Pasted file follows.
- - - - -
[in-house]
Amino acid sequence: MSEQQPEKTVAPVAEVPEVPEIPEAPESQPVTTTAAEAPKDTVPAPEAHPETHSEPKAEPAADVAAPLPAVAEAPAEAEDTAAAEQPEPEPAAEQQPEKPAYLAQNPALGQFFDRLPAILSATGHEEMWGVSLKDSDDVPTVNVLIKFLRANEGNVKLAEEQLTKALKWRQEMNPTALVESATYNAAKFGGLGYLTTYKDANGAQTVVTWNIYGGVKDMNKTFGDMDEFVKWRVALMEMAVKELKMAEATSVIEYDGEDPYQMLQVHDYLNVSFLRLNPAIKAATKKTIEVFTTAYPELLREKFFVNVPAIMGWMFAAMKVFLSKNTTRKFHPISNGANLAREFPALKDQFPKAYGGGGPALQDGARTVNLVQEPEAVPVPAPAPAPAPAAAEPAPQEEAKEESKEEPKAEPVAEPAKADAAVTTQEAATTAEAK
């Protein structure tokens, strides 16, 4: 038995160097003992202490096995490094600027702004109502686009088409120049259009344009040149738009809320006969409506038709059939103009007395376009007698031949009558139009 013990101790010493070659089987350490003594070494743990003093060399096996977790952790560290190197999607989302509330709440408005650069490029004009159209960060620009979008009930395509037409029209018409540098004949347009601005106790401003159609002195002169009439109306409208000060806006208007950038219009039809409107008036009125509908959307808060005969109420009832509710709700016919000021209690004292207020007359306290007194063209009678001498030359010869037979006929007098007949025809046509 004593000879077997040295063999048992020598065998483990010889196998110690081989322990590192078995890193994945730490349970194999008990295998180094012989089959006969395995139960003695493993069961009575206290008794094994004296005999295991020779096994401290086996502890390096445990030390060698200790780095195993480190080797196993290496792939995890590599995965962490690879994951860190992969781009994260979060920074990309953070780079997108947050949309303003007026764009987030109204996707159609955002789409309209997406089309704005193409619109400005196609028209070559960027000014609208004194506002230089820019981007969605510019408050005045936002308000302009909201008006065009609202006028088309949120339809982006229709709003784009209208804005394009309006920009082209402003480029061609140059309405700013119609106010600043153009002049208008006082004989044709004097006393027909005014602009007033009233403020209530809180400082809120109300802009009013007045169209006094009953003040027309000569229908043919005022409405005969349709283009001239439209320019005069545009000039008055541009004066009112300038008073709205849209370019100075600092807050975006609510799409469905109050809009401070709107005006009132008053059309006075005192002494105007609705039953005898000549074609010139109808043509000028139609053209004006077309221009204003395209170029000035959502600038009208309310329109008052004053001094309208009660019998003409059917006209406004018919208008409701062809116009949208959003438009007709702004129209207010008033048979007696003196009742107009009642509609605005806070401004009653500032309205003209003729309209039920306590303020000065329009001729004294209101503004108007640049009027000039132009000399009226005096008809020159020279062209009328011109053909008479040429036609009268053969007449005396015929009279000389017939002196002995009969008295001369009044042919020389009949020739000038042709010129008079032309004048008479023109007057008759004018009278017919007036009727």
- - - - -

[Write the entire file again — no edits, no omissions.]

[in-house]
Amino acid sequence: MSEQQPEKTVAPVAEVPEVPEIPEAPESQPVTTTAAEAPKDTVPAPEAHPETHSEPKAEPAADVAAPLPAVAEAPAEAEDTAAAEQPEPEPAAEQQPEKPAYLAQNPALGQFFDRLPAILSATGHEEMWGVSLKDSDDVPTVNVLIKFLRANEGNVKLAEEQLTKALKWRQEMNPTALVESATYNAAKFGGLGYLTTYKDANGAQTVVTWNIYGGVKDMNKTFGDMDEFVKWRVALMEMAVKELKMAEATSVIEYDGEDPYQMLQVHDYLNVSFLRLNPAIKAATKKTIEVFTTAYPELLREKFFVNVPAIMGWMFAAMKVFLSKNTTRKFHPISNGANLAREFPALKDQFPKAYGGGGPALQDGARTVNLVQEPEAVPVPAPAPAPAPAAAEPAPQEEAKEESKEEPKAEPVAEPAKADAAVTTQEAATTAEAK
């Protein structure tokens, strides 16, 4: 038995160097003992202490096995490094600027702004109502686009088409120049259009344009040149738009809320006969409506038709059939103009007395376009007698031949009558139009 013990101790010493070659089987350490003594070494743990003093060399096996977790952790560290190197999607989302509330709440408005650069490029004009159209960060620009979008009930395509037409029209018409540098004949347009601005106790401003159609002195002169009439109306409208000060806006208007950038219009039809409107008036009125509908959307808060005969109420009832509710709700016919000021209690004292207020007359306290007194063209009678001498030359010869037979006929007098007949025809046509 004593000879077997040295063999048992020598065998483990010889196998110690081989322990590192078995890193994945730490349970194999008990295998180094012989089959006969395995139960003695493993069961009575206290008794094994004296005999295991020779096994401290086996502890390096445990030390060698200790780095195993480190080797196993290496792939995890590599995965962490690879994951860190992969781009994260979060920074990309953070780079997108947050949309303003007026764009987030109204996707159609955002789409309209997406089309704005193409619109400005196609028209070559960027000014609208004194506002230089820019981007969605510019408050005045936002308000302009909201008006065009609202006028088309949120339809982006229709709003784009209208804005394009309006920009082209402003480029061609140059309405700013119609106010600043153009002049208008006082004989044709004097006393027909005014602009007033009233403020209530809180400082809120109300802009009013007045169209006094009953003040027309000569229908043919005022409405005969349709283009001239439209320019005069545009000039008055541009004066009112300038008073709205849209370019100075600092807050975006609510799409469905109050809009401070709107005006009132008053059309006075005192002494105007609705039953005898000549074609010139109808043509000028139609053209004006077309221009204003395209170029000035959502600038009208309310329109008052004053001094309208009660019998003409059917006209406004018919208008409701062809116009949208959003438009007709702004129209207010008033048979007696003196009742107009009642509609605005806070401004009653500032309205003209003729309209039920306590303020000065329009001729004294209101503004108007640049009027000039132009000399009226005096008809020159020279062209009328011109053909008479040429036609009268053969007449005396015929009279000389017939002196002995009969008295001369009044042919020389009949020739000038042709010129008079032309004048008479023109007057008759004018009278017919007036009727």